Dan was was a veteran reviewer who was always encouraging to the new kid on the beat and he acted as a mentor to me. Within a short time we became friends. Eventually we became close friends and our families became equally close. In the 90s our careers altered. I became an arts administrator who reviewed theater. He was no longer a school teacher and part-time reviewer. He became a tv personality who only reviewed films.

We each drifted in other different directions and the friendship became less intense. We remained friends, just not close friends. Whenever we met we asked about the family and always checked our calenders hoping to find a date we were both free to have dinner. Those dinners happened all too infrequently.

The memorial reminded me of how sad it was that we couldn't maintain that friendship. One theme that ran through the tributes was Dan as a mentor and teacher. You never get too old or have too much experience not to have a mentor in your life.

Dan was without question, one of the two brightest men I ever knew (Doug de Lisle, of the Troy Record, another mentor and friend was the other) his strength was not only his intelligence, it was his insatiable curiosity and the ability to see the obvious in a different way. He had a drive to make everyone in his life to see their own lives as he saw his - an opportunity to experience new and exciting moments. He had a passion for life and wanted to share it.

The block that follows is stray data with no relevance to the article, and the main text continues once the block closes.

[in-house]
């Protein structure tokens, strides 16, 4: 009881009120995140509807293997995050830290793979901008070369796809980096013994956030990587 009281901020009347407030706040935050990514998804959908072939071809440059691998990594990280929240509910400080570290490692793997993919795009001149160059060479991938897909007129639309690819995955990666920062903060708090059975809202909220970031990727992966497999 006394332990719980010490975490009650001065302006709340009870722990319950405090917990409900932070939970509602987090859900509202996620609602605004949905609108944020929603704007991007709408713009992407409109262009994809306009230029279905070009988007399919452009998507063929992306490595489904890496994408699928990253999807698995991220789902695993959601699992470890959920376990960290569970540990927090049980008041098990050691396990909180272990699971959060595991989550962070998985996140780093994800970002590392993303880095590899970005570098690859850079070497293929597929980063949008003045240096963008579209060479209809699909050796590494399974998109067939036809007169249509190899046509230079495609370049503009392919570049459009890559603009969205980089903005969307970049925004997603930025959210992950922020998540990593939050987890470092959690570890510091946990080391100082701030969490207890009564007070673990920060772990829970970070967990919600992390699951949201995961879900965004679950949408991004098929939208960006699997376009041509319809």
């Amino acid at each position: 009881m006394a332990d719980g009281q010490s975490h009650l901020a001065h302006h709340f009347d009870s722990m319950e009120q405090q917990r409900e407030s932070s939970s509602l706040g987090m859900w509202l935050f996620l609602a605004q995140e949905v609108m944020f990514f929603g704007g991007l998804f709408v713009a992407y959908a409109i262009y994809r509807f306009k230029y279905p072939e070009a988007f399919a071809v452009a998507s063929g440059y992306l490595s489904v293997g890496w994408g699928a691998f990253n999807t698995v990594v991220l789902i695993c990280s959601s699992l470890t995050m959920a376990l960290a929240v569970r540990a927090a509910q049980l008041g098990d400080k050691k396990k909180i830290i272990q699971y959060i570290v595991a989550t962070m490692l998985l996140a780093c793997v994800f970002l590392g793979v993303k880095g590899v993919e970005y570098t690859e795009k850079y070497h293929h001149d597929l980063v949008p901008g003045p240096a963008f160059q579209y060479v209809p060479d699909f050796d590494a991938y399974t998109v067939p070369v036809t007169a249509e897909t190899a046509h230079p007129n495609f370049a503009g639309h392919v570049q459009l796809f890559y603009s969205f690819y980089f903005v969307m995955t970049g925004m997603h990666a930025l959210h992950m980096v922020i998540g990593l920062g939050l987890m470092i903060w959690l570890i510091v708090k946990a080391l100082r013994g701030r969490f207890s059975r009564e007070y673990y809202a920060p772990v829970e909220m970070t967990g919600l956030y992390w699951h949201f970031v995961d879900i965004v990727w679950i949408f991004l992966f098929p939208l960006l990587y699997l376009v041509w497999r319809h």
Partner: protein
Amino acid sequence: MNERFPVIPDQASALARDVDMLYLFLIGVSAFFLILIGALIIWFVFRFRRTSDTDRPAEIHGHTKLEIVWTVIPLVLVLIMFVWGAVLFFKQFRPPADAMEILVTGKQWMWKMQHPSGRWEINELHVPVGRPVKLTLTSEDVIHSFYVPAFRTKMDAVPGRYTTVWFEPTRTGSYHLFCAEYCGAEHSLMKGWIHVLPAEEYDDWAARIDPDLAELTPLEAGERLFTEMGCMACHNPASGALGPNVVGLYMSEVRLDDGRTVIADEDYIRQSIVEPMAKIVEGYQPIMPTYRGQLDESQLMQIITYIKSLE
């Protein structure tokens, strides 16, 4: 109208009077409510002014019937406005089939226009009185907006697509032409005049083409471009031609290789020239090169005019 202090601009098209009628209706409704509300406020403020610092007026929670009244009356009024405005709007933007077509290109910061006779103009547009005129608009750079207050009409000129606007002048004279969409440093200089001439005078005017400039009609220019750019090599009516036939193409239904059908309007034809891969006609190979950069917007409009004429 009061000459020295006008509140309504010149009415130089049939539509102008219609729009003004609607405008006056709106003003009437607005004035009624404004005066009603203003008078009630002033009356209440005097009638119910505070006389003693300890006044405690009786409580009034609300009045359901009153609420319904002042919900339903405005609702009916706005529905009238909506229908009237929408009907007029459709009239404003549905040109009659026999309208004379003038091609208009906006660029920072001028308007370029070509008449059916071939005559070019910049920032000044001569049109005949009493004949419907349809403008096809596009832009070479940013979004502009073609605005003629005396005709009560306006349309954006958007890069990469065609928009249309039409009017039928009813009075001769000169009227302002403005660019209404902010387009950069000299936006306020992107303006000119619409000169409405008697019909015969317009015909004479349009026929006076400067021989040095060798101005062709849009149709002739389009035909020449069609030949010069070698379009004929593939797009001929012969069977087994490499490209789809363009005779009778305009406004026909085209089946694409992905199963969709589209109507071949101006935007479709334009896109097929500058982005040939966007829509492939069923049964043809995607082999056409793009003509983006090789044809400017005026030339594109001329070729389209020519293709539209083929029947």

He called me once to tell me a story about his resentment over the tv station assigning him to cover the children's auditions for the NYC Ballet at SPAC. Anyone who has ever done interviews HATES interviewing kids. He told me when he arrived at SPAC he dreaded doing the same old kids story and wanted to find a fresh approach.

Looking around he noticed all the fathers in the audience. Instead of interviewing the kids, he interviewed the fathers and captured their nervousness for their kids. Their pride in the kid's talents was obvious. This wasn't fathers watching their sons play baseball. These were fathers who wanted their little girls to excel in an art form few of them would attend without a family connection. It was a brilliant, insightful piece and turned out to be the first of Dan's pieces to be shown nationwide by the network. That was Dan at his best. Looking at a subject with fresh eyes and forcing we viewers to see the story that existed behind the obvious.